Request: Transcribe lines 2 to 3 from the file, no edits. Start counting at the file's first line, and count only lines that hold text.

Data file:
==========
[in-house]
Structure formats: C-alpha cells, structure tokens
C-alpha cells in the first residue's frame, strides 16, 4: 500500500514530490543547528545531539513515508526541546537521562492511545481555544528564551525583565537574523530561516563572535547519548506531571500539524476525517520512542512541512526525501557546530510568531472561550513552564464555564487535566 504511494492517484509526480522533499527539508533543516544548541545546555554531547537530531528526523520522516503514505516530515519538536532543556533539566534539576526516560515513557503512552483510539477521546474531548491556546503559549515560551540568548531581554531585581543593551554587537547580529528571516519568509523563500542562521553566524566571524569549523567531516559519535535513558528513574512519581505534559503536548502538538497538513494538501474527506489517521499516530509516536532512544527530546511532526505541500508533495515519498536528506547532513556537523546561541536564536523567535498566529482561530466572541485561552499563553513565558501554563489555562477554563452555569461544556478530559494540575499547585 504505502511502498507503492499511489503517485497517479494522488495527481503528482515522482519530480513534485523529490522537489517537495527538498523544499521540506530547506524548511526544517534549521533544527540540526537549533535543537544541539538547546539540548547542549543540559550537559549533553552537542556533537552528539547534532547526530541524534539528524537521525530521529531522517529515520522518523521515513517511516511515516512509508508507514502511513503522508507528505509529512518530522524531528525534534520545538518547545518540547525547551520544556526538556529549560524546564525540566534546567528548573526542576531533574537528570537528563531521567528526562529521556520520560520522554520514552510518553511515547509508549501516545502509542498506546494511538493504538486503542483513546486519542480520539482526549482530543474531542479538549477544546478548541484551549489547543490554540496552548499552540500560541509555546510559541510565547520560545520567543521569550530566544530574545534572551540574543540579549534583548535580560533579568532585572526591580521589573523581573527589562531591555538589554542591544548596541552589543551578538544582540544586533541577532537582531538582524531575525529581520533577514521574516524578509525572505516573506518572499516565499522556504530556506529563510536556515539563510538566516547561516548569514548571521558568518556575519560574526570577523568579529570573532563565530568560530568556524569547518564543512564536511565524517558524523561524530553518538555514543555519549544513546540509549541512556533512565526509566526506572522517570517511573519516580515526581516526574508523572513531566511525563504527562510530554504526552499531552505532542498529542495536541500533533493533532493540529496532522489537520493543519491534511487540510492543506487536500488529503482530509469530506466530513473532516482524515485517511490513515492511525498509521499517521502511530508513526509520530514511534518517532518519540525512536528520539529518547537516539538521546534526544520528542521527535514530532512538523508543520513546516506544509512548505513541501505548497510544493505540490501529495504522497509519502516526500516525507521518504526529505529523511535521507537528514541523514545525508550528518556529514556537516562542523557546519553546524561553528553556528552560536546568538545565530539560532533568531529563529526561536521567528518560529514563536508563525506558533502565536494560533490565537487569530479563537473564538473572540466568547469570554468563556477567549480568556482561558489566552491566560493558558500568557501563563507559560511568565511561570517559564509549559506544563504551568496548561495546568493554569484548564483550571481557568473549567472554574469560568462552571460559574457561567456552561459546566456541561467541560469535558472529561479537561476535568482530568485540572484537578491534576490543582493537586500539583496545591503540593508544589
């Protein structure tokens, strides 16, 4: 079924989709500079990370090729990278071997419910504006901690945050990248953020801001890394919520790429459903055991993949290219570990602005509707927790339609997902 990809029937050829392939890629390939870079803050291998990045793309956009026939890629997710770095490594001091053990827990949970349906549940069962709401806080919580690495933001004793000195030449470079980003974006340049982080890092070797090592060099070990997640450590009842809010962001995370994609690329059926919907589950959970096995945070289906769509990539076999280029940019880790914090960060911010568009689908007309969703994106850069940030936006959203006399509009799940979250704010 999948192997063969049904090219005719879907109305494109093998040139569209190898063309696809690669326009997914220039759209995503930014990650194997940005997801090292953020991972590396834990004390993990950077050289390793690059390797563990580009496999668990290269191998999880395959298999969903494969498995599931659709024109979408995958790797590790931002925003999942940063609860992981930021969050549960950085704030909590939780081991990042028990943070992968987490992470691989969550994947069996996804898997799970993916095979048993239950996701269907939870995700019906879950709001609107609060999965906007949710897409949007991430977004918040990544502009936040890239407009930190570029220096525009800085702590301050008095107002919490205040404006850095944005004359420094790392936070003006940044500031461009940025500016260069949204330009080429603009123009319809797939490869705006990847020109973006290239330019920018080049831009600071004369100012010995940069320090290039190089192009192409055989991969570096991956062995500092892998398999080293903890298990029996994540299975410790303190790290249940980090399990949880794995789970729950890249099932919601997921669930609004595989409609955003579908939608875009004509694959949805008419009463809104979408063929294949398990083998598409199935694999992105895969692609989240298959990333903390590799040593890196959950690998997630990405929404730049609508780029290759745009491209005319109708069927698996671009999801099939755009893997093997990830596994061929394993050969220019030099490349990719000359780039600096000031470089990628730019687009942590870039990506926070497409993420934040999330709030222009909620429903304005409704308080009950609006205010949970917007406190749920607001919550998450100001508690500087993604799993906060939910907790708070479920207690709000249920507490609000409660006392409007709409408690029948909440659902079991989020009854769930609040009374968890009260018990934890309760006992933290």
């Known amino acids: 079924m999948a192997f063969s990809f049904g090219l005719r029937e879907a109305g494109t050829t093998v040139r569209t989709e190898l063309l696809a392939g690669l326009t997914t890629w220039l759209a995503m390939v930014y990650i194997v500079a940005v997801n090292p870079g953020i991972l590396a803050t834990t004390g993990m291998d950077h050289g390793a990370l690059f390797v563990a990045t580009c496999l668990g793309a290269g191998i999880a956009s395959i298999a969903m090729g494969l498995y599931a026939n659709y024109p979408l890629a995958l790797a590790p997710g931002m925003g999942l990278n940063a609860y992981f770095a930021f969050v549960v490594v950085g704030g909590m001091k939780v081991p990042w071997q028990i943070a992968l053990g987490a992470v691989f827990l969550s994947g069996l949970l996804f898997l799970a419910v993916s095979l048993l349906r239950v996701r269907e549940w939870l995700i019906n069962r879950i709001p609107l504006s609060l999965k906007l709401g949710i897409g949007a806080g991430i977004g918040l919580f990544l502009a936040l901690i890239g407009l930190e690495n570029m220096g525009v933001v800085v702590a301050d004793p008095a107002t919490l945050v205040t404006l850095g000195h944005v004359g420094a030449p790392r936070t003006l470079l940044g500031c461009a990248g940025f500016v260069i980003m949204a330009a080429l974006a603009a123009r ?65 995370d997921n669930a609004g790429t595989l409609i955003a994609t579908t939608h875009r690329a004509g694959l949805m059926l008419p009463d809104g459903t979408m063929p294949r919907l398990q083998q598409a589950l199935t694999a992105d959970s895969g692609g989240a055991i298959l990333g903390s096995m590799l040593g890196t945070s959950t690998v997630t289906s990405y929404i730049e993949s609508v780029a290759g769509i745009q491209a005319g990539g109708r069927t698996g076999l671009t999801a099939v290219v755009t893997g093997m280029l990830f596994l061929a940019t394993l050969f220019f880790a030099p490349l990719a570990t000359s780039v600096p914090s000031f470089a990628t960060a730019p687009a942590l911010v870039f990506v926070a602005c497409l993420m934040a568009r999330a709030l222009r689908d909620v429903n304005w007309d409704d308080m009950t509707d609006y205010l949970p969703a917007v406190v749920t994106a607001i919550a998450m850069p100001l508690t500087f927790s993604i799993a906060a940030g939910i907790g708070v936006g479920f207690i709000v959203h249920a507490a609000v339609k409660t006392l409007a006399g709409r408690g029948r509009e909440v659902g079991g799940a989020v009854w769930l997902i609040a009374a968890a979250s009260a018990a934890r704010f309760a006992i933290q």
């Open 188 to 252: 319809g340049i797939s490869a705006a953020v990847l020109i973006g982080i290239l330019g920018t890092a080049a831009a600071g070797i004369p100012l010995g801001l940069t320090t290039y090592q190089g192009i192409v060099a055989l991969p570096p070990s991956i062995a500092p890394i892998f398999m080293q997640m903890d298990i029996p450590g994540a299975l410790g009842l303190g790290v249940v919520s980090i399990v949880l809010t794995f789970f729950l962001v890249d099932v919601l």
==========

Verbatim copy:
Structure formats: C-alpha cells, structure tokens
C-alpha cells in the first residue's frame, strides 16, 4: 500500500514530490543547528545531539513515508526541546537521562492511545481555544528564551525583565537574523530561516563572535547519548506531571500539524476525517520512542512541512526525501557546530510568531472561550513552564464555564487535566 504511494492517484509526480522533499527539508533543516544548541545546555554531547537530531528526523520522516503514505516530515519538536532543556533539566534539576526516560515513557503512552483510539477521546474531548491556546503559549515560551540568548531581554531585581543593551554587537547580529528571516519568509523563500542562521553566524566571524569549523567531516559519535535513558528513574512519581505534559503536548502538538497538513494538501474527506489517521499516530509516536532512544527530546511532526505541500508533495515519498536528506547532513556537523546561541536564536523567535498566529482561530466572541485561552499563553513565558501554563489555562477554563452555569461544556478530559494540575499547585 504505502511502498507503492499511489503517485497517479494522488495527481503528482515522482519530480513534485523529490522537489517537495527538498523544499521540506530547506524548511526544517534549521533544527540540526537549533535543537544541539538547546539540548547542549543540559550537559549533553552537542556533537552528539547534532547526530541524534539528524537521525530521529531522517529515520522518523521515513517511516511515516512509508508507514502511513503522508507528505509529512518530522524531528525534534520545538518547545518540547525547551520544556526538556529549560524546564525540566534546567528548573526542576531533574537528570537528563531521567528526562529521556520520560520522554520514552510518553511515547509508549501516545502509542498506546494511538493504538486503542483513546486519542480520539482526549482530543474531542479538549477544546478548541484551549489547543490554540496552548499552540500560541509555546510559541510565547520560545520567543521569550530566544530574545534572551540574543540579549534583548535580560533579568532585572526591580521589573523581573527589562531591555538589554542591544548596541552589543551578538544582540544586533541577532537582531538582524531575525529581520533577514521574516524578509525572505516573506518572499516565499522556504530556506529563510536556515539563510538566516547561516548569514548571521558568518556575519560574526570577523568579529570573532563565530568560530568556524569547518564543512564536511565524517558524523561524530553518538555514543555519549544513546540509549541512556533512565526509566526506572522517570517511573519516580515526581516526574508523572513531566511525563504527562510530554504526552499531552505532542498529542495536541500533533493533532493540529496532522489537520493543519491534511487540510492543506487536500488529503482530509469530506466530513473532516482524515485517511490513515492511525498509521499517521502511530508513526509520530514511534518517532518519540525512536528520539529518547537516539538521546534526544520528542521527535514530532512538523508543520513546516506544509512548505513541501505548497510544493505540490501529495504522497509519502516526500516525507521518504526529505529523511535521507537528514541523514545525508550528518556529514556537516562542523557546519553546524561553528553556528552560536546568538545565530539560532533568531529563529526561536521567528518560529514563536508563525506558533502565536494560533490565537487569530479563537473564538473572540466568547469570554468563556477567549480568556482561558489566552491566560493558558500568557501563563507559560511568565511561570517559564509549559506544563504551568496548561495546568493554569484548564483550571481557568473549567472554574469560568462552571460559574457561567456552561459546566456541561467541560469535558472529561479537561476535568482530568485540572484537578491534576490543582493537586500539583496545591503540593508544589